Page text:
11. Not asking your parents to cosign a loan
Many young people don’t have a long enough credit history to qualify for a car loan or first home purchase on their own, leading to one of the bigger financial mistakes, says Danna Jacobs, founding partner at Legacy Care Wealth.
Financially strong, mature young professionals with good relationships with their parents should avoid one of the worst financial mistakes in life by not asking their parents to cosign a loan because they want to maintain their independence, Jacobs says. Without their parents as cosigners, they’re missing out on an opportunity, she says, noting that only “financially strong, mature, young professionals” should do this.
12. Not asking for a raise early
Not asking for a raise, promotion or increased responsibility because you only have a short tenure at a firm is one of the worst financial mistakes you can make, Jacobs says.
“You may not get it this time, but when coupled with strong performance, it can increase the rate at which you would be bumped up to the next level,” she says.
13. Not recognizing investment bubbles
Figuring out when to enter and exit the stock market is something even experts have difficulty doing. Guy Smith, a marketing consultant in San Jose, Calif., says among the worst financial mistakes to make, his was not recognizing investment bubbles and therefore cheating himself out of an early retirement.
“I remember the Christmas before the (tech) bubble burst, my Uncle Bob said he had sold all his stock,” Smith says. “He being a savvy businessman, I wanted to know why he bailed. His advice was simple: ‘When you see a lot of people doing a stupid thing, run the other way.’ Had I exited when Uncle Bob did, I would have had $100,000 in cash in my pocket.”
Smith also didn’t act on the housing bubble. He bought a rental home in Florida for $100,000 that doubled in value seven years later. His long-term strategy for the house was to own a home paid for by someone else, so he held on to it. The value dropped and he didn’t sell at the peak for a $100,000 profit.
14. Buying new
Everything depreciates, especially cars, says Rick Sellano, owner of the writing service My Ink Shines. Buying new is one of the worst financial mistakes anyone can make, Sellano says.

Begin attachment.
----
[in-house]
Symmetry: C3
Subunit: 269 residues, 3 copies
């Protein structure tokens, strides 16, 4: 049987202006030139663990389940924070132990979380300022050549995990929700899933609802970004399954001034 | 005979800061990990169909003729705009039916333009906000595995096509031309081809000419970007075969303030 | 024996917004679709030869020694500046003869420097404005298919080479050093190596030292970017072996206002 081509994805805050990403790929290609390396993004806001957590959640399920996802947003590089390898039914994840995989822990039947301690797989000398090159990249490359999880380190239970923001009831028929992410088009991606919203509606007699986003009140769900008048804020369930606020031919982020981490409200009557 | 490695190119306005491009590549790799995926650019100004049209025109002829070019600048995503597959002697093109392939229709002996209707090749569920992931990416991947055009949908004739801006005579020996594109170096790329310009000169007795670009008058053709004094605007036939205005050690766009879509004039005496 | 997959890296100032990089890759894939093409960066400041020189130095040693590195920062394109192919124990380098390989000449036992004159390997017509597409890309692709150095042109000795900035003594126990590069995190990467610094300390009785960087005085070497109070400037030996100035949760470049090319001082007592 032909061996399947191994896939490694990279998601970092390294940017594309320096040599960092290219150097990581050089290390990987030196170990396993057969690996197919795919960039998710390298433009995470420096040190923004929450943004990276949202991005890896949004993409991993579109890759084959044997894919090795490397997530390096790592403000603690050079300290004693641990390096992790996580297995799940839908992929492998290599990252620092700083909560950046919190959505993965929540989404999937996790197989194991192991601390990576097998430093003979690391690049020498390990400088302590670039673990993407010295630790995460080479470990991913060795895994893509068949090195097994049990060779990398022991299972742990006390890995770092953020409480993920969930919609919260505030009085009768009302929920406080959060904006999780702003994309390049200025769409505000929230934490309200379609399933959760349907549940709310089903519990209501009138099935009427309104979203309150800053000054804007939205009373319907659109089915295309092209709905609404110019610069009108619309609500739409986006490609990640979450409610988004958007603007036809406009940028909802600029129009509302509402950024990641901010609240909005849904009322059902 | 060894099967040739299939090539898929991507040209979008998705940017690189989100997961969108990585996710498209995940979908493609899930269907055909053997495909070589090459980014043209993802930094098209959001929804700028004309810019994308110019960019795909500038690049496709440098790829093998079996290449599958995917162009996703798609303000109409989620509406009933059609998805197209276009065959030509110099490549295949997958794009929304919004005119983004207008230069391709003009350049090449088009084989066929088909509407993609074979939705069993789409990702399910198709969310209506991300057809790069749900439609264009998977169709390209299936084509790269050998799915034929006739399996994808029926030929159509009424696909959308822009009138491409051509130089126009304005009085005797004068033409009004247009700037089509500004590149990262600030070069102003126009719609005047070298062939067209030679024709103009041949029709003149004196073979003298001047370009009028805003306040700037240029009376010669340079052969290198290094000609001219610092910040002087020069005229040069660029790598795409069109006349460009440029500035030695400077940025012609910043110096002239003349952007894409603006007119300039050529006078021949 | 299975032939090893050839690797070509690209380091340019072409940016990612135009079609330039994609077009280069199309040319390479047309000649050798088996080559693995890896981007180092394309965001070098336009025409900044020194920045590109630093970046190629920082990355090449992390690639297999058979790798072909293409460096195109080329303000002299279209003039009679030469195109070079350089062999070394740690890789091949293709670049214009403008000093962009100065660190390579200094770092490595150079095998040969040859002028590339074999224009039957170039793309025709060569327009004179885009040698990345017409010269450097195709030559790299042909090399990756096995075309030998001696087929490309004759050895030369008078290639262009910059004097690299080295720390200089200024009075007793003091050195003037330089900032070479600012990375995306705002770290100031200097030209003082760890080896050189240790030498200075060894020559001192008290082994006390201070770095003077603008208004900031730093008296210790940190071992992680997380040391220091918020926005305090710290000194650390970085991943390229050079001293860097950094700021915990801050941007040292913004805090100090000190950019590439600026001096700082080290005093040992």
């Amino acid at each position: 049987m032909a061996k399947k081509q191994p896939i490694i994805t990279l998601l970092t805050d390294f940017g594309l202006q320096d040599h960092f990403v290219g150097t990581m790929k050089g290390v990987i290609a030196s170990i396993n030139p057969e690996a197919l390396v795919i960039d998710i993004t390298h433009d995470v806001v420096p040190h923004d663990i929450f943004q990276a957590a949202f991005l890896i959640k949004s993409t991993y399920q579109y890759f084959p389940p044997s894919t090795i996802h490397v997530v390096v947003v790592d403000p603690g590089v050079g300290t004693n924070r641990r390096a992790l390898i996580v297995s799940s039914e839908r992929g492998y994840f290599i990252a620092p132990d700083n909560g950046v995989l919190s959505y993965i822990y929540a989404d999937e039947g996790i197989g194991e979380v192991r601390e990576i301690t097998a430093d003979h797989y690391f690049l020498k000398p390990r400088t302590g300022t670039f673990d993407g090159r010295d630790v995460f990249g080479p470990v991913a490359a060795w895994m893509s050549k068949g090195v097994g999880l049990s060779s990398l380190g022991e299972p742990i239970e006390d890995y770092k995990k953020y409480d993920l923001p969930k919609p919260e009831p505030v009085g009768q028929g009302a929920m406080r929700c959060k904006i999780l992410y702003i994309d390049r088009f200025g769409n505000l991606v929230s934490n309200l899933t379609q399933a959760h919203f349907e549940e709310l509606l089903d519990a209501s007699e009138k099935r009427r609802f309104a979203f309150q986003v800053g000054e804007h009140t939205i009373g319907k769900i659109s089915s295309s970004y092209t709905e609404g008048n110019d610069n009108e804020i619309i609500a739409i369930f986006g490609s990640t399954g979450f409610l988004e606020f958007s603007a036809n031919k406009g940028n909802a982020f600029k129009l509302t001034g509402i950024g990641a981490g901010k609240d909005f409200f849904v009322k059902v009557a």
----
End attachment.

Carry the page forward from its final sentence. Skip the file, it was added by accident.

He recommends buying used cars with low mileage, gently used furniture and other used items to save money throughout your life.
15. Focusing only on the present
Among the worst financial mistakes to make in life, focusing exclusively on the present is the worst, says John Vespasian, the author of seven books about rational living.
“If you fail to think long-term, you will render yourself blind to the best opportunities,” Vespasian says. “You will waste your money on foolish purchases. You will destroy your motivation to learn complex subjects. And you will surround yourself with the kind of people who are also incapable of thinking long-term.”
“People who focus exclusively on the short term tend to make incredibly stupid financial decisions,” he says. “In doing so, they subject themselves to high stress and anxiety that could have been easily avoided. A man who lacks a long-term perspective in his life will never be able to save money consistently, nor to spend it wisely.”
“Our society places a disproportionate emphasis on purchase that delivery little or zero long-term value. Few people take the trouble to acquire the discipline to think in terms of a lifetime. If you can see yourself living to become 100 years old, and realize what that means in terms of financial foresight, you will avoid making foolish financial mistakes.”
16. Focusing on monthly car payment
A common sales tactic at car dealerships is to get buyers to a monthly payment they’re comfortable with. Many buyers go in with a set amount they’d like to pay every month, and are happy to share that figure with the salesperson, says Jeannine Fallon, executive director of corporate communications at Edmunds.com. That can lead to one of the worst financial mistakes they can make as a car shopper, according to Edmunds.com.
“When you do that, you’re not actually talking about the total price of the car,” says Edmunds.com senior consumer advice editor Phil Reed. “You also need to take into consideration the interest rate, as well as the length of the loan.”
The dealer may suggest a longer loan so the car fits in your budget, but a longer loan also means you pay more in interest.
17. Not having renter’s insurance
Focusing on the present, however, can be important. Not having renter’s insurance was one of the worst financial mistakes that Eric Narcisco, CEO of EffectiveCoverage.com, made when he was young.
“After college, when I was living in an apartment in Jersey City, I came home from work one day to find everything I owned lost to a fire that my neighbor had started,” Narcisco says. “I didn’t have much at the time, but since I was just out of college I didn’t have much money to replace those things, either.
“I had convinced myself that I didn’t need renters insurance because I didn’t own anything to speak of. If a policy had been in force, I would have been able to replace all of those things quickly and move on with my life instead of spending years in the process just to get back to where I had already been.”
18. Not saving for retirement early
Layton Cox, a financial advisor at My Pathway in Tucson, AZ, says one of the worst financial mistakes someone can make is not saving for retirement earlier in life. It’s the top regret and one of the many financial mistakes Cox says he hears from people over age 45.
Saving $2,400 annually at age 25 with an 8 percent return will result in more than $52,000 saved at age 65 — 20 times what was originally saved, he says.
Waiting just 10 years longer to “get your life together” will grow that same $2,400 to a little more than $24,000 at age 65. That’s half of what you would’ve saved at age 25, but still 10 times what was originally saved.